This breed has irrepressible energy and requires a lot of attention. Alaskan Malamutes are very active, so if you own a large suburban home with a backyard, be prepared for dug holes, destroyed lawns, or seedbeds. Alaskan Malamutes are very playful, active, and friendly. They also like to be the center of attention and sometimes test you on your strength.
|Origin||United States (Alaska)|
|Height||Males 61-66 cm|
Females 56-61 cm
|Weight||Males 36-43 kg|
Females 32-38 kg
|Color||White and light gray to black|
|FCI Classification||Spitz and primitive types|
|Group||Hunting dogs, apartment dogs, dogs for kids, sled dogs|
The Alaskan Malamute is a northern dog breed whose ancestors were Arctic wolves. The first Malamutes appeared in the Eskimo tribes of “Maleimut”, hence the name. The Eskimos bred and maintained this breed’s population and used the dogs for transporting goods and protection against northern bears.
Breeders have bred two types of Alaskan Malamutes: M´Lut and Kotzebue. Kotzebue has one color – wolf color, but they are less aggressive and very active. M´Luts are larger and have a wide range of colors – from wolf to white.
Officially, the Alaskan Malamute breed was registered in 1935. Although many still argue about which is the “correct” Malamute, both species are in demand all over the world.
Alaskan malamutes look very much like large wolves. The dogs have a large build with well-developed musculature. Malamutes have a broad head with erect ears and mostly dark brown eyes. The scruff of the neck is distinctly marked out. The paws are medium length, muscular, strong, with pubescent pads. The tail is fluffy, saber-shaped.
Alaskan Malamutes have a thick, medium-length coat and dense undercoat, which allows them to endure severe frosts and gusty winds. Their colors range from wolf to snow white.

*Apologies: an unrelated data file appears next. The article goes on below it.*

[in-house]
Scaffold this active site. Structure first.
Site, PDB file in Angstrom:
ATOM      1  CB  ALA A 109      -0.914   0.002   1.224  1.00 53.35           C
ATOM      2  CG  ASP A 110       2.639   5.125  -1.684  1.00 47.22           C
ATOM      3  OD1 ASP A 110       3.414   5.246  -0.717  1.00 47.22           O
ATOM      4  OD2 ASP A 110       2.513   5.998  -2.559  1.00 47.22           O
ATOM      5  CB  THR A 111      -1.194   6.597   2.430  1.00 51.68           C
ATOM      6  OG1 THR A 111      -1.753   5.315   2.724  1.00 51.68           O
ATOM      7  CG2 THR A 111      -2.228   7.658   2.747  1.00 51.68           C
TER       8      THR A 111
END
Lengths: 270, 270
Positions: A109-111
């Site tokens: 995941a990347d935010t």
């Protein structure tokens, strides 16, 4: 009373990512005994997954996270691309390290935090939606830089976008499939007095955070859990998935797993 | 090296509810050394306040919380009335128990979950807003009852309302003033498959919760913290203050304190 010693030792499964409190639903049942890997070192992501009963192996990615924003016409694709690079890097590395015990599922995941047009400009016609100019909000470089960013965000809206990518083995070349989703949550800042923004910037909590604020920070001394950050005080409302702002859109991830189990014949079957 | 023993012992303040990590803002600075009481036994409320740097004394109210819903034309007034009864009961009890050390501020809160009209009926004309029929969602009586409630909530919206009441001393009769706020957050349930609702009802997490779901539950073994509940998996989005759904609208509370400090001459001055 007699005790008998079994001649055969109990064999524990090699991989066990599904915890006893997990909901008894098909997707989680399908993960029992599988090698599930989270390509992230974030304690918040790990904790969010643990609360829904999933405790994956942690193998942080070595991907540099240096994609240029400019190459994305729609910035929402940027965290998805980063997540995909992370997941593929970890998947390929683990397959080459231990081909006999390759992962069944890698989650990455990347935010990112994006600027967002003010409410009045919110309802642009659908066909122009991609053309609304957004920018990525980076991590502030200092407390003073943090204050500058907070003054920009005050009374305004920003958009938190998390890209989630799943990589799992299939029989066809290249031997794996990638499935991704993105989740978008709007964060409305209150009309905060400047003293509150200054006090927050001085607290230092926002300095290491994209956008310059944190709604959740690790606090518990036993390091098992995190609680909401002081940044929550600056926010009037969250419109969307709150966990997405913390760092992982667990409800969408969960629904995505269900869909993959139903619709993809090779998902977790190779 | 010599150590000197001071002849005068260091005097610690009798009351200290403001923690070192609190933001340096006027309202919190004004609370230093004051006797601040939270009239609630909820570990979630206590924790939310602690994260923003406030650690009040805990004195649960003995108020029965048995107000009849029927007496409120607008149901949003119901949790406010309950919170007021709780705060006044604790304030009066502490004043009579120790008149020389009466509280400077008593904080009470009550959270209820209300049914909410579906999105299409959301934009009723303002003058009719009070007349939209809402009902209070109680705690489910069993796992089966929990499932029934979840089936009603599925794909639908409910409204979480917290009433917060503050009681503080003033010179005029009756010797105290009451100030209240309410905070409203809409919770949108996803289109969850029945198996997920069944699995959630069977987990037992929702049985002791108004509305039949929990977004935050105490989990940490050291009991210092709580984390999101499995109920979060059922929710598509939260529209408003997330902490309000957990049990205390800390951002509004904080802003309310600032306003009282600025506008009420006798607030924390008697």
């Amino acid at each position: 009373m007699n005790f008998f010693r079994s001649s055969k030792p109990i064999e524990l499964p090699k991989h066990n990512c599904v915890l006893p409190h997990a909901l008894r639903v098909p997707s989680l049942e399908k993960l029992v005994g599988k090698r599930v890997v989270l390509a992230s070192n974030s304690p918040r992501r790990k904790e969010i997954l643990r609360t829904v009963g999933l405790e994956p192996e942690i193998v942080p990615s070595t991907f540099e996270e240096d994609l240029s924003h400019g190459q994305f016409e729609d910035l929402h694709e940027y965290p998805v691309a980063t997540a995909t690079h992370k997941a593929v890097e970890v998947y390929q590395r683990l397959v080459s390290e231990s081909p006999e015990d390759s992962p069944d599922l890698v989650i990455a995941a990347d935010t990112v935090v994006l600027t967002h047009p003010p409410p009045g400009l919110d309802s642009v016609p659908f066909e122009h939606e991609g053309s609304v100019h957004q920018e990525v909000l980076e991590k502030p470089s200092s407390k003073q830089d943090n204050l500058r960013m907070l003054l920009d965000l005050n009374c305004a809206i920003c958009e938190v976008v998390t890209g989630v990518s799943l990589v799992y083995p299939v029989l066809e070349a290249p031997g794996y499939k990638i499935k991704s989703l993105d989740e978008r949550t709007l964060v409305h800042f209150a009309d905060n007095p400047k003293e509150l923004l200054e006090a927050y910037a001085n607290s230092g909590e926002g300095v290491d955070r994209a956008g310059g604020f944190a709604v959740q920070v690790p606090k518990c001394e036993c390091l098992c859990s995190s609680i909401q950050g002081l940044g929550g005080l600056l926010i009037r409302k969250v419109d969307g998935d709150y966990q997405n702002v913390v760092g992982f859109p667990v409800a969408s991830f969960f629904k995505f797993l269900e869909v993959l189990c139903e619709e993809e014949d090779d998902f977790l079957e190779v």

This breed has irrepressible energy and requires a lot of attention. Alaskan Malamutes are very active, so if you own a large suburban home with a backyard, be prepared for dug holes, destroyed lawns, or seedbeds.
Alaskan Malamutes are very playful, active, and friendly. They also like to be the center of attention and sometimes test you on your strength. Alaskan Malamutes have clear instincts. You should not be surprised if your pet will hunt birds or squirrels in the park. But you should train your dog to be friends with small cats and dogs; otherwise, they will hunt them as well.
One of the peculiarities of Alaskan Malamutes is a thick coat, so they need frequent grooming. It is worth brushing the hair twice a week and more often during molting. Wash the dog at least once a week. Be sure to clean his ears, eyes and clip his claws once every ten days.
Alaskan Malamutes are in great need of frequent walks, activities, and training. However, the latter is not for everyone. This breed is very willful and sometimes is “on its mind”. They may not obey even when you give a clear command. These beauties like to check whether you still occupy the leadership position in this house.
To raise Alaskan Malamutes successfully, you should keep to several simple but very important rules: start training at least six months old; if the dog turns bad, do not feed it from the table or somehow encourage it; control the food and let your pet understand that you are the leader of this tandem. You should teach the Alaskan Malamute basic commands yourself, and the specialized ones should be passed on the shoulders of a professional.
Alaskan Malamutes are robust and hardy dogs but, like all other breeds, are prone to many certain diseases: hypothyroidism, hip dysplasia, chondrodysplasia, cataracts, hemeralopia (day blindness), polyneuropathy.
This breed is quite unpretentious in nutrition; they can be fed with natural food. The diet of Alaskan Malamutes should include various cereals boiled in broth with the addition of pieces of meat or by-products. It is also possible to feed the dog dry food, but its quality should be very high. Alaskan Malamutes do not suffer from obesity or overeating. Due to their nature, they are very agile, and it is unnecessary to worry about it unnecessarily.